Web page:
A short-haired doctor approached us with a smile—a gesture of hospitability and the willingness to answer any inquiries. While she read all my basic information, I enjoyed myself looking at the organized stuffed toys arranged in a hospital bed three meters away from her table. She began to ask questions.
I tried to be comfortable as possible, letting my legs sway as my feet touched the floor. After checking my skin, there was silence in the room.
“Ma’am, I have to be honest,” the doctor explained. “Your daughter is indeed suffering from psoriasis. It is a chronic (long-term) skin problem that causes skin cells to grow too rapidly, resulting in thick, white, silvery, or red patches of skin. Normally, skin cells grow gradually and flake off about every four weeks. New skin cells grow to replace the outer layers of the skin as they shed. But in psoriasis, new skin cells move rapidly to the surface of the skin in days rather than weeks. There is no cure for the meantime. But, it could be prevented with ointments and lots of food supplements. Things that can cause these flare-ups include a cold and dry climate, infections, stress, and dry skin.”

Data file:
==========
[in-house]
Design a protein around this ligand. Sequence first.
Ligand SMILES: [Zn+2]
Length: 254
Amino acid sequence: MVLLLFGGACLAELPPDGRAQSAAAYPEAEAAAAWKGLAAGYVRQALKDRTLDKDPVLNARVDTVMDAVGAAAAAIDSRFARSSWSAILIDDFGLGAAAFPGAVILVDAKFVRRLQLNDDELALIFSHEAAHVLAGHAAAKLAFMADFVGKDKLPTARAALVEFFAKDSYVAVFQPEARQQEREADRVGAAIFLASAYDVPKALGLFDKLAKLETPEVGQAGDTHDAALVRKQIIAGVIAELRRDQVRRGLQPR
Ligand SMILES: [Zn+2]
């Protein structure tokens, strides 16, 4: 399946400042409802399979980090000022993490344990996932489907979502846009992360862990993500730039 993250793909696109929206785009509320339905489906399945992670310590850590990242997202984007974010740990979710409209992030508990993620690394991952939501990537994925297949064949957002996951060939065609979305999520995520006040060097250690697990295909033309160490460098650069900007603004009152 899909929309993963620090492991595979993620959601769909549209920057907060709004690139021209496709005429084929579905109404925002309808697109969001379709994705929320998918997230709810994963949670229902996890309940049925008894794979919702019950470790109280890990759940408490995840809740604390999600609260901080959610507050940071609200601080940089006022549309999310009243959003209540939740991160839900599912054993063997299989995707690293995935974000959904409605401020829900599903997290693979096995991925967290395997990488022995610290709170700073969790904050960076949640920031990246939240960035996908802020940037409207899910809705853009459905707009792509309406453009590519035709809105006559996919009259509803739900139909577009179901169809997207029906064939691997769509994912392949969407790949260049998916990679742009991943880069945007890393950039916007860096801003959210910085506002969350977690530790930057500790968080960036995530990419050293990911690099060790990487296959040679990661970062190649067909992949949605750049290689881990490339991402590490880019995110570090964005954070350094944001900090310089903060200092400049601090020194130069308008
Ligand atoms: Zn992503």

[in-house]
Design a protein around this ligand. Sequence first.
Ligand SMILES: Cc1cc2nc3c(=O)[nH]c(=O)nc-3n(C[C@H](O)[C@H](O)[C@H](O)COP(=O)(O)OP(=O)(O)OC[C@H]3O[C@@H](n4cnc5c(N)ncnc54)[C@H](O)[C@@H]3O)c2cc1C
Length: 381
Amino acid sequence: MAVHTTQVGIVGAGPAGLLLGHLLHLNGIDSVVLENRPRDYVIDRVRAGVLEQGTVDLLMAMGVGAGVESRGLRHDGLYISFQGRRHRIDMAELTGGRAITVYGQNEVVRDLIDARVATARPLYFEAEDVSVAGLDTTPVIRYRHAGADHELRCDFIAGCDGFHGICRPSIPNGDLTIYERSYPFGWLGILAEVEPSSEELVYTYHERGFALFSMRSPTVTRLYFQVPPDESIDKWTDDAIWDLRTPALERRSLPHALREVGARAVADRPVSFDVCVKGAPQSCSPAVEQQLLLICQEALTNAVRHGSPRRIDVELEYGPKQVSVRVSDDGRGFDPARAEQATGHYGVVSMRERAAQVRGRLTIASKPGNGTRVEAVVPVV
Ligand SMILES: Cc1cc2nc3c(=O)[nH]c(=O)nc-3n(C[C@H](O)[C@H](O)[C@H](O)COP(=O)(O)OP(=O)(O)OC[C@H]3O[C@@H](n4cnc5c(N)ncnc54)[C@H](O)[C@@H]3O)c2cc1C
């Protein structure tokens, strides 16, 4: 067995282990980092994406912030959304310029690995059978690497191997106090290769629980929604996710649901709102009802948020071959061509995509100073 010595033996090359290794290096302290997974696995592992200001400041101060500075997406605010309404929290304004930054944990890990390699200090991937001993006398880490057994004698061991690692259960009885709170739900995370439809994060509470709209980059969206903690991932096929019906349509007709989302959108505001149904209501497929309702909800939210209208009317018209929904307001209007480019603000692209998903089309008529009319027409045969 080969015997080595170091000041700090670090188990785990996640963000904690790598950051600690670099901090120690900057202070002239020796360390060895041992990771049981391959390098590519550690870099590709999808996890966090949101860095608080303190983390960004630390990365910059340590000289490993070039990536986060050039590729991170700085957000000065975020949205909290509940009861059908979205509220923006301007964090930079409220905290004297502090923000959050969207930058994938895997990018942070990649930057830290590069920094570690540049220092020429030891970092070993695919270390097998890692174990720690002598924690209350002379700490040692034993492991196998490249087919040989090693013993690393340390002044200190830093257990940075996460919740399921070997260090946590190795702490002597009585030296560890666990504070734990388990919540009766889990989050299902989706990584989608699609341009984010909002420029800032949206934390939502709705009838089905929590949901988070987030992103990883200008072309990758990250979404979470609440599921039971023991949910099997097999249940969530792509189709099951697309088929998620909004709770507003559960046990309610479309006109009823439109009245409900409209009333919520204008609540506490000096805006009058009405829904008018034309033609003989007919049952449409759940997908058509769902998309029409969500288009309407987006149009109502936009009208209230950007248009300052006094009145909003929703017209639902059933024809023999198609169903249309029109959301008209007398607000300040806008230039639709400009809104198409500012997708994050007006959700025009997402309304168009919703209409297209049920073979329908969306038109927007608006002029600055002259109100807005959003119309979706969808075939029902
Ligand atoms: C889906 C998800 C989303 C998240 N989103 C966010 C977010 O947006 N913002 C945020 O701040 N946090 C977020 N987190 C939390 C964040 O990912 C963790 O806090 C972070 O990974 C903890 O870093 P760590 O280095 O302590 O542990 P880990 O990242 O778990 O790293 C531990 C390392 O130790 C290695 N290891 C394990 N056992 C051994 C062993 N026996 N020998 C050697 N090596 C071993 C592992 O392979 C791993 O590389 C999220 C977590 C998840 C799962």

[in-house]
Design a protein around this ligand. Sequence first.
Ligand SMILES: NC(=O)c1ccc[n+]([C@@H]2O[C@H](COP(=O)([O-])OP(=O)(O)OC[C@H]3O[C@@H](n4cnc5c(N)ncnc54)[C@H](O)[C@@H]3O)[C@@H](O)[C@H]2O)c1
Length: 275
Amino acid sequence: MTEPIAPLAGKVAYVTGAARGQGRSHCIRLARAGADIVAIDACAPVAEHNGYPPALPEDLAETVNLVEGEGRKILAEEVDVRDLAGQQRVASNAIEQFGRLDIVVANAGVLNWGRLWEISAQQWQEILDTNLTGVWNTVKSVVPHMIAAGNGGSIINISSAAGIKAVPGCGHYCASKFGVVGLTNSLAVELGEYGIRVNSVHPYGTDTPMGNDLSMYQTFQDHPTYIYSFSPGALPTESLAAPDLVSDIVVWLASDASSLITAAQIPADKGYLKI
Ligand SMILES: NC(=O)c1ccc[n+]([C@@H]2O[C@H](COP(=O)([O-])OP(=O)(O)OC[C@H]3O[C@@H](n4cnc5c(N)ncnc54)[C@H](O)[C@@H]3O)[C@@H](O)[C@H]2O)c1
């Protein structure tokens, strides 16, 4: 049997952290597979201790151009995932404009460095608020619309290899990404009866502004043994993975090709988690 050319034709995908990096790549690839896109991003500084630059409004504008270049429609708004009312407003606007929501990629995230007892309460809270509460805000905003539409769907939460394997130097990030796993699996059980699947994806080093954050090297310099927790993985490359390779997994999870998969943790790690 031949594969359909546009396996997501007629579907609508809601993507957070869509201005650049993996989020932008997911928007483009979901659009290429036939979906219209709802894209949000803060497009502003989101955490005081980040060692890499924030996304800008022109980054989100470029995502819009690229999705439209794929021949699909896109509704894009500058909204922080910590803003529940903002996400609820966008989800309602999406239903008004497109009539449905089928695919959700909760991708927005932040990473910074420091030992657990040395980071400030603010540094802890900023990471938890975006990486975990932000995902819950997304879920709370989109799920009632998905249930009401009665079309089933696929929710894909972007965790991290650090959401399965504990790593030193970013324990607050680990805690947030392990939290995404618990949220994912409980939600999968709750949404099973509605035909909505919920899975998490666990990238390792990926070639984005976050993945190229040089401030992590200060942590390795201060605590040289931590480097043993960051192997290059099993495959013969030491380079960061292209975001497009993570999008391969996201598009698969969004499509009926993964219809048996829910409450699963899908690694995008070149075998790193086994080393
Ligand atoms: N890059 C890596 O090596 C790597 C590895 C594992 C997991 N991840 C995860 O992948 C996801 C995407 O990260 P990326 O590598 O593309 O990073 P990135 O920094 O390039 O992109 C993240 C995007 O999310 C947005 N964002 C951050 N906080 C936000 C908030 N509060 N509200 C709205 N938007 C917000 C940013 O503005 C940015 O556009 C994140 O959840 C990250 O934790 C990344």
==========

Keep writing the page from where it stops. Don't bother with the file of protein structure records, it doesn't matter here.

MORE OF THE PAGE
“Then, I cannot be a lawyer, mom,” I said, “because I will be stressed.”
My mother did not respond. She always wanted me to become a lawyer and become a judge, following the footsteps of my lolo.
I lost lots of opportunities from the life that had I wanted because of my psoriasis. I should have been an accountant by now, because I wanted it to. I should have been the team captain of our swimming team, but I gave up swimming because my recurring illness. I should have been wearing chic dresses by now, becoming the lady that I always aspired to be. I should have been acting in theater groups by now had it not been for the too much stress in my parts.